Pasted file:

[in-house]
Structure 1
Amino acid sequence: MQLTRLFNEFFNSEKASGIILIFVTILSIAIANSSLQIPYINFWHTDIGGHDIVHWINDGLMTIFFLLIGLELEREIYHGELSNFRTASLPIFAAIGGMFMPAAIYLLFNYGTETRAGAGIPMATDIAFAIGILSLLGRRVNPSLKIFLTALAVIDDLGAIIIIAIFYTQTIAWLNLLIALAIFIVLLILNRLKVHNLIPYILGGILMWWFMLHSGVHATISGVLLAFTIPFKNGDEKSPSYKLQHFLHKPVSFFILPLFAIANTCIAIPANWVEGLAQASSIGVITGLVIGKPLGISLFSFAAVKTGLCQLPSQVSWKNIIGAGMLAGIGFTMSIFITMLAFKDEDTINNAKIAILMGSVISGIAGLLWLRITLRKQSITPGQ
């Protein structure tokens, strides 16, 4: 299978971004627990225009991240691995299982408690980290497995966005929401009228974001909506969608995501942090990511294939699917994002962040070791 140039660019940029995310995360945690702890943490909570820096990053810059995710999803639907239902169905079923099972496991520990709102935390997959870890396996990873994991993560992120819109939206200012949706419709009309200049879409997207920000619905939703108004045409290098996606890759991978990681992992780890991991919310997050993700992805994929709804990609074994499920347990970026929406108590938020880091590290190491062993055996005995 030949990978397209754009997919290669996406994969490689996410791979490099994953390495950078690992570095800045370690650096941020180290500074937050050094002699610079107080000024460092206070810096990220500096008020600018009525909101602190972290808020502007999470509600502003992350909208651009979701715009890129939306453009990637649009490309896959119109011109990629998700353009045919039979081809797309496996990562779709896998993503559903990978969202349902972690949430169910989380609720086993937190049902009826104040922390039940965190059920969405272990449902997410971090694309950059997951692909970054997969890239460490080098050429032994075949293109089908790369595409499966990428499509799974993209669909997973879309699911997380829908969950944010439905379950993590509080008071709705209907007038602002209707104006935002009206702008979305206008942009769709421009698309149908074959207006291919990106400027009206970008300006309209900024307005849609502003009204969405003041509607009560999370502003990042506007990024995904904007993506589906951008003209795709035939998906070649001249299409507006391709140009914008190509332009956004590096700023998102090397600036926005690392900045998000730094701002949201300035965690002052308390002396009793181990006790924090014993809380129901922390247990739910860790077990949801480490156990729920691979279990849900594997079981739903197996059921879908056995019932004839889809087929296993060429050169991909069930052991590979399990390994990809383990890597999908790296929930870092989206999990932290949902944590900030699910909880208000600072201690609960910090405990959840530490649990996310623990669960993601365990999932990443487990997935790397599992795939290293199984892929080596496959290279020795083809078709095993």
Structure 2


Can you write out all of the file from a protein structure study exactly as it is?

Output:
[in-house]
Structure 1
Amino acid sequence: MQLTRLFNEFFNSEKASGIILIFVTILSIAIANSSLQIPYINFWHTDIGGHDIVHWINDGLMTIFFLLIGLELEREIYHGELSNFRTASLPIFAAIGGMFMPAAIYLLFNYGTETRAGAGIPMATDIAFAIGILSLLGRRVNPSLKIFLTALAVIDDLGAIIIIAIFYTQTIAWLNLLIALAIFIVLLILNRLKVHNLIPYILGGILMWWFMLHSGVHATISGVLLAFTIPFKNGDEKSPSYKLQHFLHKPVSFFILPLFAIANTCIAIPANWVEGLAQASSIGVITGLVIGKPLGISLFSFAAVKTGLCQLPSQVSWKNIIGAGMLAGIGFTMSIFITMLAFKDEDTINNAKIAILMGSVISGIAGLLWLRITLRKQSITPGQ
């Protein structure tokens, strides 16, 4: 299978971004627990225009991240691995299982408690980290497995966005929401009228974001909506969608995501942090990511294939699917994002962040070791 140039660019940029995310995360945690702890943490909570820096990053810059995710999803639907239902169905079923099972496991520990709102935390997959870890396996990873994991993560992120819109939206200012949706419709009309200049879409997207920000619905939703108004045409290098996606890759991978990681992992780890991991919310997050993700992805994929709804990609074994499920347990970026929406108590938020880091590290190491062993055996005995 030949990978397209754009997919290669996406994969490689996410791979490099994953390495950078690992570095800045370690650096941020180290500074937050050094002699610079107080000024460092206070810096990220500096008020600018009525909101602190972290808020502007999470509600502003992350909208651009979701715009890129939306453009990637649009490309896959119109011109990629998700353009045919039979081809797309496996990562779709896998993503559903990978969202349902972690949430169910989380609720086993937190049902009826104040922390039940965190059920969405272990449902997410971090694309950059997951692909970054997969890239460490080098050429032994075949293109089908790369595409499966990428499509799974993209669909997973879309699911997380829908969950944010439905379950993590509080008071709705209907007038602002209707104006935002009206702008979305206008942009769709421009698309149908074959207006291919990106400027009206970008300006309209900024307005849609502003009204969405003041509607009560999370502003990042506007990024995904904007993506589906951008003209795709035939998906070649001249299409507006391709140009914008190509332009956004590096700023998102090397600036926005690392900045998000730094701002949201300035965690002052308390002396009793181990006790924090014993809380129901922390247990739910860790077990949801480490156990729920691979279990849900594997079981739903197996059921879908056995019932004839889809087929296993060429050169991909069930052991590979399990390994990809383990890597999908790296929930870092989206999990932290949902944590900030699910909880208000600072201690609960910090405990959840530490649990996310623990669960993601365990999932990443487990997935790397599992795939290293199984892929080596496959290279020795083809078709095993």
Structure 2